Do orchestras and conductor/music directors who program music that is not only Bach, Beethoven, and Brahms but that includes a mix of music from such “greats” (and how does the Concertgebau leave out Mozart and Wagner from this group?) but also females and new composers, do these groups prosper?

    The evidence argues yes. Look at the LA Philharmonic, the San Francisco Symphony, the Seattle Symphony, the Baltimore Symphony, the St. Paul Chamber Orchestra, the Tonhalle Orchestra of Zurich and or the careers of Gerard Schwarz, Marin Alsop, Dennis Russell Davies, Stokowski, Vladimir Ashkenazy, Robert Spano, Michael Gielen etc.

    Note too that many great conductors championed such music including Koussevitzky (maybe the most creative programmer of all time), Ormandy, Bernstein, Zinman, Rattle, Pierre Boulez etc.

    • Indeed. The point is the quality of the music. But that does not diminish the observation that there also is a tendency to create ideologies.

    • [[ how does the Concertgebau leave out Mozart and Wagner from this group? ]]

      They were Catholics. You may have missed that nuance, but our musicologist chum didn’t.

  • Is that all? I was hoping for a lot more. The male force, the creativity of it, the fertility, the beauty of a male, is a great thing, and particularly great when expressed in art. No women have ever created the great masterpieces we revere. They have done fine work, but nothing of that scale. Males have more vision, bigger dreams. Women prefer to shoot down the dreams of men. Women are more concerned with other things.

    • However, the male ’titans’ would not succeed in creating their masterpieces without women. I’m not sure your comment is serious, but you made a good point: that men and women can have different ambitions in life. I believe, in the old-fashioned way, that men and women complement each other.

      • Indeed. Without their wives, Handel, Beethoven, Chopin, Brahms, Tchaikovky, Ravel and Poulenc would not have been capable of writing their master pieces.

    • Huh? There are plenty of great female writers. In fact, one could arguably teach a sensible course on the 19th century English novel without including any male writers at all.

      Unfortunately, women have not made the same contribution to the 19th century symphony.

  • Wait a minute! Let’s look at the actual programming. But first, this taunt:

    “The Amsterdam Concertgebouw does not have a future without Bach, Beethoven and Brahms.”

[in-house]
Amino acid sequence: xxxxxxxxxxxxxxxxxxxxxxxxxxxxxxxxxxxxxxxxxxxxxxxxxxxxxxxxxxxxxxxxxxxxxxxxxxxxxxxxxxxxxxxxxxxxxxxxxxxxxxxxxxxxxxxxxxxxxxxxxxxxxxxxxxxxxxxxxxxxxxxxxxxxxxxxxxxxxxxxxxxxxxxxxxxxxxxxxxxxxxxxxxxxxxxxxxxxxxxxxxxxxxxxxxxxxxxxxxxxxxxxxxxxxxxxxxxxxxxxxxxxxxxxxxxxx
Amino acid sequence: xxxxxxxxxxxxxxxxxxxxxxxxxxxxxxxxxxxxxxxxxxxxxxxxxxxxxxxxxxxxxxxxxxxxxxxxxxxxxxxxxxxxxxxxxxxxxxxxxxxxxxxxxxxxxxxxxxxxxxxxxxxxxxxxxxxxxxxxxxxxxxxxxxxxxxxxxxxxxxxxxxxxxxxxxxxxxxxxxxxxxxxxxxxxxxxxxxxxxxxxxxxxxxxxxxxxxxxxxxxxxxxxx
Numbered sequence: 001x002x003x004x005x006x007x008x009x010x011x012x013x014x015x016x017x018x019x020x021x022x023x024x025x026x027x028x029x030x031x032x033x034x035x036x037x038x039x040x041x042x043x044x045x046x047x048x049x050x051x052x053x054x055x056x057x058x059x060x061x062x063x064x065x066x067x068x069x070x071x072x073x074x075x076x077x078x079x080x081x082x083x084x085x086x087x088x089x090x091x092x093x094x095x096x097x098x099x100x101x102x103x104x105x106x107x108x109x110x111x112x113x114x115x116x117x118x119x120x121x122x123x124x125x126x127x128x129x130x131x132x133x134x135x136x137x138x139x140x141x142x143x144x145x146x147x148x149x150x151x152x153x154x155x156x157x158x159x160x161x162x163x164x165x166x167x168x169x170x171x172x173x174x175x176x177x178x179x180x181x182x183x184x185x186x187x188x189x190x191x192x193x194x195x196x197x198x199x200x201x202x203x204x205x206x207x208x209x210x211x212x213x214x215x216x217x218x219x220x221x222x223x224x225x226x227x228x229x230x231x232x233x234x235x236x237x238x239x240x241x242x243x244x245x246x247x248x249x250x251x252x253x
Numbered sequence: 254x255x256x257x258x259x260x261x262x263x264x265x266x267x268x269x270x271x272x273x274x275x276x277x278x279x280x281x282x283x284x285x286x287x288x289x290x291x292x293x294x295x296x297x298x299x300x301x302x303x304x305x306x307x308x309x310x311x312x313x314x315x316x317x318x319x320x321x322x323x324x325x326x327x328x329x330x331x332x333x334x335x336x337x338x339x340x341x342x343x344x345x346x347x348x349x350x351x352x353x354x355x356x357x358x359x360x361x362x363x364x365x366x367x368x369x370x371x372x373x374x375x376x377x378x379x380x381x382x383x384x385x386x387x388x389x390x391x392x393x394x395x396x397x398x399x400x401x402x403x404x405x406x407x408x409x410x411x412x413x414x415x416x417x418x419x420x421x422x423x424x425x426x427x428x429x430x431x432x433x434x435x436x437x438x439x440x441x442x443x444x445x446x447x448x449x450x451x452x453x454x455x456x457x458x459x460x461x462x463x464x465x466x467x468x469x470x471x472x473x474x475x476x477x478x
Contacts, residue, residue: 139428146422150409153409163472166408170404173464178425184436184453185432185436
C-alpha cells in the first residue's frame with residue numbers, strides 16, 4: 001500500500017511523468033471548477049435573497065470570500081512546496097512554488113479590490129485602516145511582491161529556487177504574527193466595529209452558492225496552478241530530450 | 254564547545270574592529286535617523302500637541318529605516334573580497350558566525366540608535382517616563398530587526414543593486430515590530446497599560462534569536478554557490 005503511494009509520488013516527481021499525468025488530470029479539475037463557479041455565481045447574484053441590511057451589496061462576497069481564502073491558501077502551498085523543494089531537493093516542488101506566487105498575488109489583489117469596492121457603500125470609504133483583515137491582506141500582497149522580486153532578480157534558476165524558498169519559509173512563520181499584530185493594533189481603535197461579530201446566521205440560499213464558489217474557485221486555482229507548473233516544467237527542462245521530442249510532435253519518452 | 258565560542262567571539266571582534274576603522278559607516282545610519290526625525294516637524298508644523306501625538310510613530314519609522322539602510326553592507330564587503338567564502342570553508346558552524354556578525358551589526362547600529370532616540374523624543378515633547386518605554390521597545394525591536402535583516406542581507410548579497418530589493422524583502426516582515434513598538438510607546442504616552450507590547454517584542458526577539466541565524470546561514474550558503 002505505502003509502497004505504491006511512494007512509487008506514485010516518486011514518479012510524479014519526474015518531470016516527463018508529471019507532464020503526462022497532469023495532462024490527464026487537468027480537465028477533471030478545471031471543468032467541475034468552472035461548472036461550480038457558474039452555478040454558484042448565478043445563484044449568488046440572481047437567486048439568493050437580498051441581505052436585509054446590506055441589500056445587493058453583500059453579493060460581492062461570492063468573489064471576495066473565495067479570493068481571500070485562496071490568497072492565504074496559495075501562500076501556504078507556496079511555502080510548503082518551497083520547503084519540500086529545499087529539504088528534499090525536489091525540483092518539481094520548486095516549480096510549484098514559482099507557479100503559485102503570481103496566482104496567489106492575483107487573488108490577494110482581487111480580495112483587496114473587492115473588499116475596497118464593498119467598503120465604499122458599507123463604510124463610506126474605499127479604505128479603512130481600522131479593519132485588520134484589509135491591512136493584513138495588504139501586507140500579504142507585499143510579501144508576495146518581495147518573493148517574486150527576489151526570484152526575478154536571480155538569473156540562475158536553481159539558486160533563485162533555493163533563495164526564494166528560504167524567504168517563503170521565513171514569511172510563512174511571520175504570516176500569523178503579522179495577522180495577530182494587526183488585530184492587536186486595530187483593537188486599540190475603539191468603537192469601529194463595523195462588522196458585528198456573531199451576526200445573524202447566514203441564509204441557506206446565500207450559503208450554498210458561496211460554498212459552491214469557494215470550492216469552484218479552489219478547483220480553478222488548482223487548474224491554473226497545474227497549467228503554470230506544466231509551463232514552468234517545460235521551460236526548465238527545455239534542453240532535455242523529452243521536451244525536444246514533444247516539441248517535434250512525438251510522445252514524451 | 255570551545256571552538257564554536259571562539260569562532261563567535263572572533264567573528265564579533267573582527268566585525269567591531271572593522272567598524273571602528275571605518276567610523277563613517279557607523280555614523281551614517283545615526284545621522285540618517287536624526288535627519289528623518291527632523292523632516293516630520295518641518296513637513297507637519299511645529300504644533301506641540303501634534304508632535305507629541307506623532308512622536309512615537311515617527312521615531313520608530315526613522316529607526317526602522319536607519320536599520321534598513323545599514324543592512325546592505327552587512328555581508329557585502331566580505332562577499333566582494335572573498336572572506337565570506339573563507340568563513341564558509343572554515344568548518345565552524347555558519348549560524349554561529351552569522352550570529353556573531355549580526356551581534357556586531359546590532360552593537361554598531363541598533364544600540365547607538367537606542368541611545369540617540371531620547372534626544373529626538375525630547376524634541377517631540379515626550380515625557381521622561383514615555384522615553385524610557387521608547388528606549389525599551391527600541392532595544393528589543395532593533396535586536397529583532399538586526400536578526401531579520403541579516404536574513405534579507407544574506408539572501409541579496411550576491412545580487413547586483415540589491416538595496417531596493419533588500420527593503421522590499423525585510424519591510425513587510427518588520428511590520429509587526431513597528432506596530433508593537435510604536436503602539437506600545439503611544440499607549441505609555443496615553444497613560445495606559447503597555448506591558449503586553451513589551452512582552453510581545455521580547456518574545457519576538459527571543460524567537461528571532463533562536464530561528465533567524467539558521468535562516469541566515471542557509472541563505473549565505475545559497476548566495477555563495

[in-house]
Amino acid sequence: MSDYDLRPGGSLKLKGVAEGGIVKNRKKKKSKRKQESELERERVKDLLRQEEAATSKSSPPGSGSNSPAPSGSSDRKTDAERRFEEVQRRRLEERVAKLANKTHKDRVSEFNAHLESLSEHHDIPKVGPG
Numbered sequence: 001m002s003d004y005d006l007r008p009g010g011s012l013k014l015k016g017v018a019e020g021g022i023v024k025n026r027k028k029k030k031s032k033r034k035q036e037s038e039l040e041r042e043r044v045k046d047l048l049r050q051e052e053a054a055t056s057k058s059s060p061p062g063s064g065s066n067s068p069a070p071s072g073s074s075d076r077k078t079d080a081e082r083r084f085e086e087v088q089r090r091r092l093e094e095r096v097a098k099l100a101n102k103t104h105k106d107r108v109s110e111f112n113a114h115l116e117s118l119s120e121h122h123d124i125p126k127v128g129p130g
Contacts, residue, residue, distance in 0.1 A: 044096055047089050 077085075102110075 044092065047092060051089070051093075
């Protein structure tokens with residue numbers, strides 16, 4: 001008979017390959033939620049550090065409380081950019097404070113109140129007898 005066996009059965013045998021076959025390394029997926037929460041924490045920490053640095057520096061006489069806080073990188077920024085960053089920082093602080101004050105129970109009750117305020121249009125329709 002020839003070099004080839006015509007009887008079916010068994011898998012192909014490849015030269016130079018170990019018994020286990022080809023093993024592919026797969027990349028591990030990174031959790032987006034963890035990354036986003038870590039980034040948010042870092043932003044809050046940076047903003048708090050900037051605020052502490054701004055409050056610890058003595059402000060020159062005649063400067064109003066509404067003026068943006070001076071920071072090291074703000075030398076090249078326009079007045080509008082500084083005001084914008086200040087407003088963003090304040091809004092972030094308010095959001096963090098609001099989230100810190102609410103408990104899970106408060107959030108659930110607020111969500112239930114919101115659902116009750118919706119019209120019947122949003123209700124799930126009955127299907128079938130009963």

I’m looking at upcoming concerts at the Concertgebouw and see a very mixed and interesting concert schedule: Markus Stenz conducting Mahler; Dima Slobodeniouk (dirigent), conducting Tchaikovsky, Vaughan Williams, and Ravel; Violinist Patricia Kopatchinskaja and pianist Polina Leschenko playing Ravel’s Tzigane, plus music by Fauré, Enescu and Bartók; a Dutch pianist, Joep Beving, playing an unannounced program; the orchestra playing Berlioz’s Grande Messe des Morts (Requiem); Albéniz’s complete Iberia on piano; The Royal Concertgebouw Orchestra will present two Netherlands premieres: the Double Concerto by Michel van der Aa and Peter Eötvös’ Alle vittime senza nome, conducted by Eötvös himself. Also on the program: Lutoslawski’s Concerto for Orchestra;composer and pianist Hauschka presenting “A Different Forest”. And this is only up to the middle of May. Source: https://www.concertgebouw.nl/en/concerts-tickets/page=1

    Is there some Beethoven and Brahms in Amsterdam too? Yes, but no more so than anywhere else.

    So is this guy a put on? A tempest in a teacup?

    • Peter Eotvos alone is an example of a weak, incompetent male composer. No Beethoven or Mahler he! His opera ‘The Three Sisters’ was certainly the biggest pile of sh*t I’ve ever sat through.

  • Was there ever a forced replacement of great composers in Amsterdam? The author doesn’t back up his claim with any evidence or source.

    • Of course not – because the author is after sensationalist clickbait. He’s a ‘musicologist’ – someone who knows there must be an F# somewhere on the piano, but needs a map to find it.

      Unable to think of anything imaginative, he reaches out to his Protestant Holy Trinity of Beethoven, Brahms and Bach to fill up programs. In his sad little world, he feels his invincible masculinity threatened by women. He should consider emigrating to Al-Riyadh – only they don’t like music there.